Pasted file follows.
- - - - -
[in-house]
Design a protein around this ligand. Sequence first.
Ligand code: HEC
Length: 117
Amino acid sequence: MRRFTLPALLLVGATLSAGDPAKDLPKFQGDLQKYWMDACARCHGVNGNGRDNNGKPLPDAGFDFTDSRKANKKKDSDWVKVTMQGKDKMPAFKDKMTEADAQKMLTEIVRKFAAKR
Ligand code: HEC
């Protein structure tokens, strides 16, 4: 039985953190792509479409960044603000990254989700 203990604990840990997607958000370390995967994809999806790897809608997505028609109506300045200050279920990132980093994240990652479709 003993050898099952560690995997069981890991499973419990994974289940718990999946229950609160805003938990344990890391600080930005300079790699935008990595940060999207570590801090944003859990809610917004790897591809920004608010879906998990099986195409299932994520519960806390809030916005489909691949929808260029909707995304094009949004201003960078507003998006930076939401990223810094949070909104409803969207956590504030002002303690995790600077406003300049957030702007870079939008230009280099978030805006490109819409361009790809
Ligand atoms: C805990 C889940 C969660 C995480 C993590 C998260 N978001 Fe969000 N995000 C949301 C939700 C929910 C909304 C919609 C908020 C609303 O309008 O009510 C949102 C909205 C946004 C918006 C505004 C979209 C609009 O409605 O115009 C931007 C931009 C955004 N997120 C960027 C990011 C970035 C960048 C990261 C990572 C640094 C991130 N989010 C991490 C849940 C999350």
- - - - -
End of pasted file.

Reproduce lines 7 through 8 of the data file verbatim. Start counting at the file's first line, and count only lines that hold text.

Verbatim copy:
């Protein structure tokens, strides 16, 4: 039985953190792509479409960044603000990254989700 203990604990840990997607958000370390995967994809999806790897809608997505028609109506300045200050279920990132980093994240990652479709 003993050898099952560690995997069981890991499973419990994974289940718990999946229950609160805003938990344990890391600080930005300079790699935008990595940060999207570590801090944003859990809610917004790897591809920004608010879906998990099986195409299932994520519960806390809030916005489909691949929808260029909707995304094009949004201003960078507003998006930076939401990223810094949070909104409803969207956590504030002002303690995790600077406003300049957030702007870079939008230009280099978030805006490109819409361009790809
Ligand atoms: C805990 C889940 C969660 C995480 C993590 C998260 N978001 Fe969000 N995000 C949301 C939700 C929910 C909304 C919609 C908020 C609303 O309008 O009510 C949102 C909205 C946004 C918006 C505004 C979209 C609009 O409605 O115009 C931007 C931009 C955004 N997120 C960027 C990011 C970035 C960048 C990261 C990572 C640094 C991130 N989010 C991490 C849940 C999350």